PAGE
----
Green Design Feeds Green Wallet

Posted on June 23, 2010


Owners may be interested in sustainable design for different intangible reasons, but no one can deny the way green design affects a company financially.

Kim Shinn, a LEED policy driver and green design guru with TLC Engineering, once presented what the USGBC calls ‘the business case for sustainable design’ using “top line” and “bottom line” benefits for companies. This terminology, which references the income statement of a business, made the best sense to me to describe benefits because sustainability affects an organization financially in two different ways.

Bottom line relates generically to “net income”; these benefits will generate cost savings from spending or operating efficiency. Top line relates generically to “gross sales”; these benefits will generate additional revenue through sales generation. Bottom line growth is immediately felt for its one-to-one correlation to money in the pocket (or less money leaving the pocket). Top line growth is a little less direct as it assists in public relations and notoriety momentum (awareness, advertising, goodwill, etc.) that leads to increased sales.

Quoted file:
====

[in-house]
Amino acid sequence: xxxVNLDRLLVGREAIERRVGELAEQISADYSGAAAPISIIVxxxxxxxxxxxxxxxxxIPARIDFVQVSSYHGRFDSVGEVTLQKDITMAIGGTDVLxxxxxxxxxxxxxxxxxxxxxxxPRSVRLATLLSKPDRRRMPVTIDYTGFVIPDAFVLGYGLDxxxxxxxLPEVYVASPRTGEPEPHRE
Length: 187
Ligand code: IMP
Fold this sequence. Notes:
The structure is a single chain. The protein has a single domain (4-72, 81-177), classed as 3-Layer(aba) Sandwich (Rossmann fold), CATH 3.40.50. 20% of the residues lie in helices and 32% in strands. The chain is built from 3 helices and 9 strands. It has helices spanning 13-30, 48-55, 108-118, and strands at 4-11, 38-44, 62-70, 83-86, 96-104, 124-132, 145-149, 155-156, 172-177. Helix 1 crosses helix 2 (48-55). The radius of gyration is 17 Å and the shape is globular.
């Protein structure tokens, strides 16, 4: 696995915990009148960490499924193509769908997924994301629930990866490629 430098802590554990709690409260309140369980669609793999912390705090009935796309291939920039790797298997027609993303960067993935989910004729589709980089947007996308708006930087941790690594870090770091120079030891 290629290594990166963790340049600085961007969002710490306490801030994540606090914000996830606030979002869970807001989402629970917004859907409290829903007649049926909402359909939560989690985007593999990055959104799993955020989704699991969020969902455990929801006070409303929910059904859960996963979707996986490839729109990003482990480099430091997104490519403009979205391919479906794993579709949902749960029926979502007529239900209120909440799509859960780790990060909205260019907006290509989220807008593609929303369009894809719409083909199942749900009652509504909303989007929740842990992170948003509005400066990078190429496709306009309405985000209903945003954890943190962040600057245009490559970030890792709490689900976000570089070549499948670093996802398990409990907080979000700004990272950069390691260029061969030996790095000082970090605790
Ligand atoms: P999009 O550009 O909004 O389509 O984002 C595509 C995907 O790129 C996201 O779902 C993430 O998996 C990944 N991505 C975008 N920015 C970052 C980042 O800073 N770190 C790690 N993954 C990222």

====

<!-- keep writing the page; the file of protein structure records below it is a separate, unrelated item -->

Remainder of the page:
Sustainability information sources emphasize building owner-operators (healthcare, higher education, government) as the best targets for green design because they will see direct financial gain from the energy cost savings implemented in the design. In addition to the benefits listed below, other tangible advantages may materialize as sustainable design grows in practice. For instance increased daylight, a point of LEED emphasis, has been proven to increase customer sales and speed a patient’s recovery time.

Keep in mind, this list is comprehensive but far from exhaustive.

Top Line Benefits

  • Fund Raising (garnering gifted capital)
  • Marketing and Brand Recognition (commercial selling points)
  • Public Relations (image of company to world)
  • Public Policy (government requirements)
  • Recruitment (attracting quality people)


Bottom Line Benefits

  • Utility savings (cost savings in maintenance and utility bills)
  • Productivity (human resource maximization)
  • Employee Retention Success (keeping quality people)
  • Risk Management (potential lawsuit mitigation)
  • Health Improvements (less sick days)

To maximize results, project owners are highly encouraged to register with the USGBC and pursue LEED accreditation. Even if the final documentation is not submitted, LEED certification maintains critical decision-making and rigor throughout the design and construction process.